Circa 1603 the Camaldolese Hermit Monastery, Kraków was established in the village of Bielany (now surrounded by Kraków). The priory consists of hermitages and the Assumption of Mary Church. Visitors are welcome for scheduled masses.
The New Camaldoli Hermitage on the coast road south of Big Sur, California, was founded in 1958 by the Holy Hermitage of Camadoli, Italy. Officially named the Immaculate Heart Hermitage, it stands on a mountainside overlooking the Pacific Ocean. In 1979 the Holy Hermitage joined by New Camaldoli founded Incarnation Monastery in Berkeley, California, near the GTU, north of U.C. Berkeley.
The order maintains a mix of monasteries and hermitages for men in countries on five continents. Monasteries for women began in 1086; they are located now mostly in Italy and Poland, also in Tanzania and America. An oblate community was started in Australia which since the mid-1990s continues under New Camaldoli's Prior of Big Sur.
The other congregation, known as the Camaldolese Hermits of Monte Corona (Er.Cam.), was established by the Renaissance reformer Paolo Giustiniani. This group lives solely in hermitages, usually with a very small number of monks comprising the community. There are three houses in Italy, two in Poland, and one each in Spain, the United States, and Colombia, as well as a newer foundation in Venezuela. Unlike the other congregation, it is not a member of the larger Benedictine Confederation.
The Camaldolese Crown (Italian: Corona) was designed by Bl. Michele Pina (1450-1522), and is sometimes called the Crown of Our Lord (Corona Del Signore). It was officially approved by papal brief on 18 February 1516.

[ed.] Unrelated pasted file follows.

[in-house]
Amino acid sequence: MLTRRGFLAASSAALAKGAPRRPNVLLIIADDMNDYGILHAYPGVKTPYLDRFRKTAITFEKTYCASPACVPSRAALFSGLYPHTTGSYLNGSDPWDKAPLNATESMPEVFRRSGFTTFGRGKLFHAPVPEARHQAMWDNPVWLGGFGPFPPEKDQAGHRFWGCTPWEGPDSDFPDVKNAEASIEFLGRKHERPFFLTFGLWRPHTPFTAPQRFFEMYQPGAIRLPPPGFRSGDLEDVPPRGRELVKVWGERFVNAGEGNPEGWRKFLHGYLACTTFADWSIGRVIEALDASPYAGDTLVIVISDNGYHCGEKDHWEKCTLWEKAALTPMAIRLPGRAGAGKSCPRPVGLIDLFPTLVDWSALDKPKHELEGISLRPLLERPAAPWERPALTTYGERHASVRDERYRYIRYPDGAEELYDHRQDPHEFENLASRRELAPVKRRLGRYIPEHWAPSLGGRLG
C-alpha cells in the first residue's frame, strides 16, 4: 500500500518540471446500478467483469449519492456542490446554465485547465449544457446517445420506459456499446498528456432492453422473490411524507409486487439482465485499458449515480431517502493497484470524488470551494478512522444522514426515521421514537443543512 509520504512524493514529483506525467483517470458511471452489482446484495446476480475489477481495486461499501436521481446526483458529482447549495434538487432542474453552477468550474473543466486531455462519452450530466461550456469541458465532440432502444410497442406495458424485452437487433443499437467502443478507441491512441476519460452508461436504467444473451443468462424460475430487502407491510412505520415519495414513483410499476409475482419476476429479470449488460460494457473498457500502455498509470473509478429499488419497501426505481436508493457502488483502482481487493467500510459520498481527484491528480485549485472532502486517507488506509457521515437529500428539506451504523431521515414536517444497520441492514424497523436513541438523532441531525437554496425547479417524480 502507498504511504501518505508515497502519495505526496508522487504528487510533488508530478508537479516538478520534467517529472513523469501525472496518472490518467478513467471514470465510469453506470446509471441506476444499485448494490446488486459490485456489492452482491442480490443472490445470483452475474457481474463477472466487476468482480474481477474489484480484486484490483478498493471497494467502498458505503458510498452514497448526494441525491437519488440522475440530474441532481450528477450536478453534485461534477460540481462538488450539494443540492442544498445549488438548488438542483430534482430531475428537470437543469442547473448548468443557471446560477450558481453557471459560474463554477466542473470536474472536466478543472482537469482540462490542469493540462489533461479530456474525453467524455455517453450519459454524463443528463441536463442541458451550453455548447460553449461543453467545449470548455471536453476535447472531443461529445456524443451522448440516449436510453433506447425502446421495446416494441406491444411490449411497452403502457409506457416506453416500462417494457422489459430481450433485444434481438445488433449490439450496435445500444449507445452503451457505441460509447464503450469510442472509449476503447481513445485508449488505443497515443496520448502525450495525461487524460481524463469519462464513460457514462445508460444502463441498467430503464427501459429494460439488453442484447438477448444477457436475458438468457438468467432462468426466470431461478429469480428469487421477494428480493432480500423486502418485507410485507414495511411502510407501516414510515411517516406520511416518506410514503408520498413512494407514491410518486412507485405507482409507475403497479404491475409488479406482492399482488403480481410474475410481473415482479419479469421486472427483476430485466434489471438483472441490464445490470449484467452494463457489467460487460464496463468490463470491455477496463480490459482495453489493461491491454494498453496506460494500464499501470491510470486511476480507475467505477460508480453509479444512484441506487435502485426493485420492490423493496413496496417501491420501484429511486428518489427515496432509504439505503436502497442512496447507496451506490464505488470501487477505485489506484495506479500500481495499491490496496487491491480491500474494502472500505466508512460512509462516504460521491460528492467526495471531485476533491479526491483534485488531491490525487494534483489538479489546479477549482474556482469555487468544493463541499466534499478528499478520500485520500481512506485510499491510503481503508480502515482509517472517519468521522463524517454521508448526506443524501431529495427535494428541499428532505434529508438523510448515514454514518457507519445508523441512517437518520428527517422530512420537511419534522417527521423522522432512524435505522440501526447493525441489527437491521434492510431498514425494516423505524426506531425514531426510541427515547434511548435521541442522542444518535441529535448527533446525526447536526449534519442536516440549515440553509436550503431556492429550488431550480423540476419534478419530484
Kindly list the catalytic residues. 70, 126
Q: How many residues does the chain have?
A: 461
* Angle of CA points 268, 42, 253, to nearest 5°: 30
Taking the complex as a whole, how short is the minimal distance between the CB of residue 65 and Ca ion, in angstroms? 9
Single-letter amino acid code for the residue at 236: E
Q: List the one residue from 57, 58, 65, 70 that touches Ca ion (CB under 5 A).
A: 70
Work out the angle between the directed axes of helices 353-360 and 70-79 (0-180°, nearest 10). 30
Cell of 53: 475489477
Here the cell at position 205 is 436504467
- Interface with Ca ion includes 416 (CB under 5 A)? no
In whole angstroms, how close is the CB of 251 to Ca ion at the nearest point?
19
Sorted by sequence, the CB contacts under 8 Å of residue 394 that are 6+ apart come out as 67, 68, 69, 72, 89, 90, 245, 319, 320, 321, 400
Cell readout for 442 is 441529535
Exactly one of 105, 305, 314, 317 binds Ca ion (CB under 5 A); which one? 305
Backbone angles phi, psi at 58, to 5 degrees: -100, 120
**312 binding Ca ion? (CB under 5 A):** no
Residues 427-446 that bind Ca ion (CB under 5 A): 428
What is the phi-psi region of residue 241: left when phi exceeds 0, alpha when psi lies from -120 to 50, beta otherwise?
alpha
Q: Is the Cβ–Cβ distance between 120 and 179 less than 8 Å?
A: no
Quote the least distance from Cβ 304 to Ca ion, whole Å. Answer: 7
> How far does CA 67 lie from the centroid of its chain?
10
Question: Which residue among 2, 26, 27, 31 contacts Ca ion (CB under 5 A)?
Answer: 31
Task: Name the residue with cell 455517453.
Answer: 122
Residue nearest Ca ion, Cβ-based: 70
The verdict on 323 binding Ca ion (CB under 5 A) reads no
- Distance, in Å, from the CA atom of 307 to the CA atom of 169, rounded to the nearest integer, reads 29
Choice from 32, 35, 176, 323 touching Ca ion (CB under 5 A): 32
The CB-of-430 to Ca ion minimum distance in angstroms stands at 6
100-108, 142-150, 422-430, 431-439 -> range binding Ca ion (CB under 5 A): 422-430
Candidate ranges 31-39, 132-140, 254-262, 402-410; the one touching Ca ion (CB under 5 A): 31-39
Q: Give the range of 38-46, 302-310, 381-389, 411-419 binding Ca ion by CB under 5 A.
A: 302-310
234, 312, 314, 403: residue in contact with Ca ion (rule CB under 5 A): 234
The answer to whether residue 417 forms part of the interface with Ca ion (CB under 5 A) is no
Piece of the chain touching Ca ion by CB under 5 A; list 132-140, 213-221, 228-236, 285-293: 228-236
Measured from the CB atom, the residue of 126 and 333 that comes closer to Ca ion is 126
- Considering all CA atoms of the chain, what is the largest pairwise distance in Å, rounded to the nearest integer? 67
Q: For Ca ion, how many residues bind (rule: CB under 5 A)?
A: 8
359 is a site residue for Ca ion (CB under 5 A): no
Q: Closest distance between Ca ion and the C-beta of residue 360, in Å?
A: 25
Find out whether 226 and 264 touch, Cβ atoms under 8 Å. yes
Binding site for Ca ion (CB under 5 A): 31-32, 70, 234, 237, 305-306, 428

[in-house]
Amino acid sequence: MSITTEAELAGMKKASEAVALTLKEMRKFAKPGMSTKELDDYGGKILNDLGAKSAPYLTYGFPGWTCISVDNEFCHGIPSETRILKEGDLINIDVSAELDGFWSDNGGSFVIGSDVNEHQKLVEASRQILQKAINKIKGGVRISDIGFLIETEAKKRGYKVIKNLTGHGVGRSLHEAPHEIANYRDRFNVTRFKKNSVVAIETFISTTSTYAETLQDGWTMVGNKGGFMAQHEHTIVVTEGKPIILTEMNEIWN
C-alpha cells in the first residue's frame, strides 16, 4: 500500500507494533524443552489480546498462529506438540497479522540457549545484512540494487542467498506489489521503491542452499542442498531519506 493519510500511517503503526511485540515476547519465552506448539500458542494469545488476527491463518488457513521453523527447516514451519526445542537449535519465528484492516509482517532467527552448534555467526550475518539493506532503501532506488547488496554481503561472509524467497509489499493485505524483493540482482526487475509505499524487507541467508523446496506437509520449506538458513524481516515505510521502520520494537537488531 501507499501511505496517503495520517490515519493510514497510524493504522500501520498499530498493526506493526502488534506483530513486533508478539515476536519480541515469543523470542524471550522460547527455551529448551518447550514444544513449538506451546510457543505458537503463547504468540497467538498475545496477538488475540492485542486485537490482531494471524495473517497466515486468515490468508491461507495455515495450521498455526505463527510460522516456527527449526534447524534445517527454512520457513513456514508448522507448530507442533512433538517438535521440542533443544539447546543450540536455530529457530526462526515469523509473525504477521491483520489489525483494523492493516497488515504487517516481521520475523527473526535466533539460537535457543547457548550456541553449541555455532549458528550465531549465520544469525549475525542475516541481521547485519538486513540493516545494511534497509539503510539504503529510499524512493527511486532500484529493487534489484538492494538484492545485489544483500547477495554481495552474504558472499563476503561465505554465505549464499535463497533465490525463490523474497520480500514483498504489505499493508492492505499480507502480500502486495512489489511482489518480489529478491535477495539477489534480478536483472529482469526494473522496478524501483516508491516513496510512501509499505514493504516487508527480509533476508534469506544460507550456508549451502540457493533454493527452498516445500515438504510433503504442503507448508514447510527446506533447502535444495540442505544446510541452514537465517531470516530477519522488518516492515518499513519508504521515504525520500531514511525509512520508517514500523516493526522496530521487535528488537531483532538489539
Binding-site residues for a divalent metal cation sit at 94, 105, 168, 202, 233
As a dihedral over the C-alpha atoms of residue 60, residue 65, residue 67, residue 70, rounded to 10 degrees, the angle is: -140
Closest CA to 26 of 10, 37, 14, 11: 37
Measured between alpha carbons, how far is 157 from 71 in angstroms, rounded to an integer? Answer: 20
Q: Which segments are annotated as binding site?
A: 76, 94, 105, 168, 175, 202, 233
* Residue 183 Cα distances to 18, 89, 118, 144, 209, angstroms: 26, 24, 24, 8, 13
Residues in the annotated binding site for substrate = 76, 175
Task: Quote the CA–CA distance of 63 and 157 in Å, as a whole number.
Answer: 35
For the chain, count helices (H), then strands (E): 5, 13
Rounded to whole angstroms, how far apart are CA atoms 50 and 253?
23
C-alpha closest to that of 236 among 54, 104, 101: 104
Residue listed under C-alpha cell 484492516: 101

An early Benedictine Camaldolese site was founded in Florence, St. Mary of the Angels.
Previously there were three autonomous congregations, based in Turin (founded 1596), Venice (1474-1569) and France (founded 1526). The monasteries attached to Hermitage of Turin seem to have been absorbed by the Monte Corona congregation in the 18th century. The Venetian congregation, which was headed by an abbot, and the French one were eventually suppressed by the Holy See. The French monks became associated with Jansenism, due to which their congregation was suppressed in 1770 and the monks dispersed.
By the early 20th century, the Venetian congregation, which was entirely coenobitic, was felt by Rome to be too few in numbers for continued existence, and its members were offered the opportunity to seek admission with the Congregation of Camaldoli. It had contributed many of its members to the service of the Church, most notably Pope Gregory XVI. The noted cartographer Fra Mauro had been a member of the mother monastery of St.Michael of Murano. It was in this community that the German merchant Daniel became a monk. Eventually, he established a solitary hermitage in the woods, where he spent long periods in prayer. He was murdered in his cell by robbers in 1413 and is today venerated as Saint Daniel of Murano.